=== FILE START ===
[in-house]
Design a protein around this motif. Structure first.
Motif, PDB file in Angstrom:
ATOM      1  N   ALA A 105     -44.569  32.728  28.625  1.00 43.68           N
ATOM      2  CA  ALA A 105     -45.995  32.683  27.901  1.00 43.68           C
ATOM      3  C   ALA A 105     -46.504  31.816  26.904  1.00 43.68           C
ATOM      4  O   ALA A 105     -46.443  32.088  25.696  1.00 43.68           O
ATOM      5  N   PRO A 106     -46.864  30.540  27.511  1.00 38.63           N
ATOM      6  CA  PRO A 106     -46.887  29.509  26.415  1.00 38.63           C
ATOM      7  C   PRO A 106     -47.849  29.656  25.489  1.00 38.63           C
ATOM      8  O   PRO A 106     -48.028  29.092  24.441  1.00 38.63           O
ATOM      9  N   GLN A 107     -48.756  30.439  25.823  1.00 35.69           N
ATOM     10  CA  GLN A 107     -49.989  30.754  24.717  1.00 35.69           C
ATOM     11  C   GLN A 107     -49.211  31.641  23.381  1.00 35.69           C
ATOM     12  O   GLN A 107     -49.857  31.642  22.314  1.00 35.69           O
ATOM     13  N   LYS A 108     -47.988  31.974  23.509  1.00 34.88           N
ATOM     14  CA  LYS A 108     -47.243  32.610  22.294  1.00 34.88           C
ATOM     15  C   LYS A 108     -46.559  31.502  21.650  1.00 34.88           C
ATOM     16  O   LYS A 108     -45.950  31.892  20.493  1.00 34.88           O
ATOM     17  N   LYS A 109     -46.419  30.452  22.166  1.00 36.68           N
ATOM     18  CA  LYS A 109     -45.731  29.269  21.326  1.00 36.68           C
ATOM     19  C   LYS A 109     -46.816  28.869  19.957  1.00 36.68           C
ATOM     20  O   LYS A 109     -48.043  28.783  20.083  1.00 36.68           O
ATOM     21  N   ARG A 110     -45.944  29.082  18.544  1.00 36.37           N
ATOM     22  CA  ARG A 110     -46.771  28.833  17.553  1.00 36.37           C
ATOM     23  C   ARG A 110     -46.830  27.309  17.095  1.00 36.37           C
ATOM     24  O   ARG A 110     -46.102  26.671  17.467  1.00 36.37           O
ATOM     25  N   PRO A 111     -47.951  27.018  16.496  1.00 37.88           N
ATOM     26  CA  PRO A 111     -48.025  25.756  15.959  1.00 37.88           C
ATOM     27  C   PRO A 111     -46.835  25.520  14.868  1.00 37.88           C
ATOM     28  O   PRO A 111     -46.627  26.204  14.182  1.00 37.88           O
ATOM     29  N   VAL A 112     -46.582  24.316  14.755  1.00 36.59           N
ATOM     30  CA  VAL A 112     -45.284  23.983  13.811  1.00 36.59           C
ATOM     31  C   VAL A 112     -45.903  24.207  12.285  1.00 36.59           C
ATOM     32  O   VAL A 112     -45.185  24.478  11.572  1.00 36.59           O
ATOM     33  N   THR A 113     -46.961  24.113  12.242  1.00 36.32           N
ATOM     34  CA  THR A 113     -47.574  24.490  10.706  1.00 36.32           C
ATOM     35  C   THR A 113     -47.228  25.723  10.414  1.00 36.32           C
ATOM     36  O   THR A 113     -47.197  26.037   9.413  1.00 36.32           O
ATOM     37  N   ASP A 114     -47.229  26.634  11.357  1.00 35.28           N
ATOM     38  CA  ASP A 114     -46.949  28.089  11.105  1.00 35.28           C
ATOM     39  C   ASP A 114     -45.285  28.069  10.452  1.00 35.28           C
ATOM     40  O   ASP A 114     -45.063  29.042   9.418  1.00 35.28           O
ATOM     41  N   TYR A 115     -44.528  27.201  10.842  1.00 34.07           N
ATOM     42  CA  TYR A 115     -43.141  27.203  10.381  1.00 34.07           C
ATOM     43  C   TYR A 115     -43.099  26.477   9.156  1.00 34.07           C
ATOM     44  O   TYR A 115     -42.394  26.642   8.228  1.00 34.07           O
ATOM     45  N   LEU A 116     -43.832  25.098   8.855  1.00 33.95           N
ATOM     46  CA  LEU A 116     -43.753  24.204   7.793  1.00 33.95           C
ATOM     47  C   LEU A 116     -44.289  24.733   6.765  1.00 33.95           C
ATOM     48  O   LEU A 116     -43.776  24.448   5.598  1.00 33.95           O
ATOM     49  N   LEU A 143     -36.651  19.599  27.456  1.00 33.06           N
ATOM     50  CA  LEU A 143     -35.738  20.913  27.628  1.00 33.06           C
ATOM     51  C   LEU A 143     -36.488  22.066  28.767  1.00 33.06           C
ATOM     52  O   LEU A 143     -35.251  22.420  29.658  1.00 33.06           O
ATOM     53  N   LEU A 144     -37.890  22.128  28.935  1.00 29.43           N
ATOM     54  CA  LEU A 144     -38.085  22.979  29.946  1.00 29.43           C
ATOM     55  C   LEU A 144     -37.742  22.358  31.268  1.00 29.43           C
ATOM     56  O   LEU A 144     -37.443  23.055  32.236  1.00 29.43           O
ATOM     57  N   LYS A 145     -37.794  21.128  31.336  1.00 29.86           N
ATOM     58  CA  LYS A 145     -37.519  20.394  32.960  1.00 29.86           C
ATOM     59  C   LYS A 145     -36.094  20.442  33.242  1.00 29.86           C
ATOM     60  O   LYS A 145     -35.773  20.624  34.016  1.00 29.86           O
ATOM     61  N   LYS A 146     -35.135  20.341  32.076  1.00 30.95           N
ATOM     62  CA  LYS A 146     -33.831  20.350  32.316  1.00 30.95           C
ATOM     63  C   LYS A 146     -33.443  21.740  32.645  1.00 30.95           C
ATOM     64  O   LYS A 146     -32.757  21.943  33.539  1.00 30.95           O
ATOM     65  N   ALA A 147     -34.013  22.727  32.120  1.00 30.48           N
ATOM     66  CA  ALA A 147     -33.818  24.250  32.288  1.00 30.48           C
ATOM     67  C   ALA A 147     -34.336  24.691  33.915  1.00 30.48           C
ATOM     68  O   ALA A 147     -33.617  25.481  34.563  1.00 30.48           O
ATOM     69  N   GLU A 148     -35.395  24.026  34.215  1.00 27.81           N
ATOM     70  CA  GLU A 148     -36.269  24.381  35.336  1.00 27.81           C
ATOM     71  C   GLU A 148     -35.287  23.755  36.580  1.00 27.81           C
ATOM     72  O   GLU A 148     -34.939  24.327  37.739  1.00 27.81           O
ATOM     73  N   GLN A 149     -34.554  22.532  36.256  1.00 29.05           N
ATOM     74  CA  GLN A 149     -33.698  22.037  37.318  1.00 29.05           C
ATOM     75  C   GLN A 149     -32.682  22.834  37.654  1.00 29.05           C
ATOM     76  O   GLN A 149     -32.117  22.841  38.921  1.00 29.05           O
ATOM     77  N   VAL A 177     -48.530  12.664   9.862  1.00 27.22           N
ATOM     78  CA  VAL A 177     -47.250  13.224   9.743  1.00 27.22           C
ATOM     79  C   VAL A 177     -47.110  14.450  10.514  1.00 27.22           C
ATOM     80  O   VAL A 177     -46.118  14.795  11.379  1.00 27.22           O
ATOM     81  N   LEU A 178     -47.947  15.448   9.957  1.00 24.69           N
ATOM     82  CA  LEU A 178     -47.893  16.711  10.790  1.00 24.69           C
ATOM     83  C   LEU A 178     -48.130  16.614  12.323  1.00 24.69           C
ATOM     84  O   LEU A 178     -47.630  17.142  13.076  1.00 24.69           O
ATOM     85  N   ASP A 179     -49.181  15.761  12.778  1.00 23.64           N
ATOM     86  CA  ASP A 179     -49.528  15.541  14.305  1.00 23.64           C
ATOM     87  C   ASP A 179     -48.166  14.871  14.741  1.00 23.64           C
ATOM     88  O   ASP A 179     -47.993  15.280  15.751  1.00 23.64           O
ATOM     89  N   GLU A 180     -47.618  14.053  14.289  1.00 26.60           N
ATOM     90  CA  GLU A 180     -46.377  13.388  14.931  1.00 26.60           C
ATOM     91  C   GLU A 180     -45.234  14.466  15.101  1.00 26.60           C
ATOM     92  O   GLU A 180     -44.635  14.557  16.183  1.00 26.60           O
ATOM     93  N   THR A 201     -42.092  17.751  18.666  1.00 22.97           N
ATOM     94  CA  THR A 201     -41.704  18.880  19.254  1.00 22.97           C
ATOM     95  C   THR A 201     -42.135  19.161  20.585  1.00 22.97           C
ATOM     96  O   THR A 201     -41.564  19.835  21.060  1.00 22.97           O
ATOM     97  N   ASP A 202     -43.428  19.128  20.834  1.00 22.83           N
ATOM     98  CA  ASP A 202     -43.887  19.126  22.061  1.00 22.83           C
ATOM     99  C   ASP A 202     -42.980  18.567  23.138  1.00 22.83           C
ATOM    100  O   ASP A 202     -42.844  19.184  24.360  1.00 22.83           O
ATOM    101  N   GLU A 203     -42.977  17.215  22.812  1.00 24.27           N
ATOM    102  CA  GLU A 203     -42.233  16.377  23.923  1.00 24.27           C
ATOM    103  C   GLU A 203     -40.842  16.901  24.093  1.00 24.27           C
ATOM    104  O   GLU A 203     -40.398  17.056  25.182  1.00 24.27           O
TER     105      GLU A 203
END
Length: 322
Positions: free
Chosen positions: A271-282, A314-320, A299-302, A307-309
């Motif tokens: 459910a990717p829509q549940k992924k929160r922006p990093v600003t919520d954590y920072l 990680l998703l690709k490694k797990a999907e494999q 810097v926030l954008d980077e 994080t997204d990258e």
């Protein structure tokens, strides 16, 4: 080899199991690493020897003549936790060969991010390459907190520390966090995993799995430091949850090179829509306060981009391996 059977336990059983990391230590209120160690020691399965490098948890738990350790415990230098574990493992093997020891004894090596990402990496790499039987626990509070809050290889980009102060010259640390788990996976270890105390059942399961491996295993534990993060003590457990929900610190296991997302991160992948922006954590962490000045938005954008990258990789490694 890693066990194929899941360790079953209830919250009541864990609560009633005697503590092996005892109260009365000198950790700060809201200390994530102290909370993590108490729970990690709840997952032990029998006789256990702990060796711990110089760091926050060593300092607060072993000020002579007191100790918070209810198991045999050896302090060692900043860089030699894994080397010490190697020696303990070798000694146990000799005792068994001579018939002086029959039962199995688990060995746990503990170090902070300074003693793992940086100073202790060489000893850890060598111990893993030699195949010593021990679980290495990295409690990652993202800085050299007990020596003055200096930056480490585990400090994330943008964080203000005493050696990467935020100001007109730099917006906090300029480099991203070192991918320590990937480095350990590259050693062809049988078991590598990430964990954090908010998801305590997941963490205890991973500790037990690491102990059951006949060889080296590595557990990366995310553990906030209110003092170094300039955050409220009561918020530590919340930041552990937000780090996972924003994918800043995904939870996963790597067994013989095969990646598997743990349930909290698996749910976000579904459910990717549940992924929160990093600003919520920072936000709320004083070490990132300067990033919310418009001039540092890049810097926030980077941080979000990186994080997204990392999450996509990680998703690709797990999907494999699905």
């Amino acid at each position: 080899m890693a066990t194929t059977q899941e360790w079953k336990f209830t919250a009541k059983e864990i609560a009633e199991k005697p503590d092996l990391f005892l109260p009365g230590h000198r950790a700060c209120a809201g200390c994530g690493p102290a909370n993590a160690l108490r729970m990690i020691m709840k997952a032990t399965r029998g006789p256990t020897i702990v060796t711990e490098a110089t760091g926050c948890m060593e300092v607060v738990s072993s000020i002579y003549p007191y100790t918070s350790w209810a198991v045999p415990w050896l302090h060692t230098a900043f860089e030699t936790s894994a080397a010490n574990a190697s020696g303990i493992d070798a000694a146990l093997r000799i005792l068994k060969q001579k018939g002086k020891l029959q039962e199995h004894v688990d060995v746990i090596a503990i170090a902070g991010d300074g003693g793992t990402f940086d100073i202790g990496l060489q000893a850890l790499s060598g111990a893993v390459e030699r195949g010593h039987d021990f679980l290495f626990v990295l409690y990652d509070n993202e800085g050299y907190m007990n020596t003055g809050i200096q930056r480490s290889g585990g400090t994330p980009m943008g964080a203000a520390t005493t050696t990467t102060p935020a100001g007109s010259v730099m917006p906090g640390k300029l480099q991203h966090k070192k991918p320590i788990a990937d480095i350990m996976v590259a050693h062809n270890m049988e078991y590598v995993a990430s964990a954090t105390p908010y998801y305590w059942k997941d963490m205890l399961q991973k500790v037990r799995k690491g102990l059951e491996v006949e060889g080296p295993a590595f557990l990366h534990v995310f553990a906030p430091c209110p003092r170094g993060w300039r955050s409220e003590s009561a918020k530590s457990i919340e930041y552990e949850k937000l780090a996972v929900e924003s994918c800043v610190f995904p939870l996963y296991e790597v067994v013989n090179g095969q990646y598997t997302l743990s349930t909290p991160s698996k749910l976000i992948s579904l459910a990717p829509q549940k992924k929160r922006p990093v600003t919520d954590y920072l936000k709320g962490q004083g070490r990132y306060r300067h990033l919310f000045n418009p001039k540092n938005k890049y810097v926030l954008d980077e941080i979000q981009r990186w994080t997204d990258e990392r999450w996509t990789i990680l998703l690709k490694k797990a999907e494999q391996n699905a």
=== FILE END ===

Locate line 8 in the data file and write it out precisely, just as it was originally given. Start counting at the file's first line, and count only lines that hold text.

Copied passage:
ATOM      5  N   PRO A 106     -46.864  30.540  27.511  1.00 38.63           N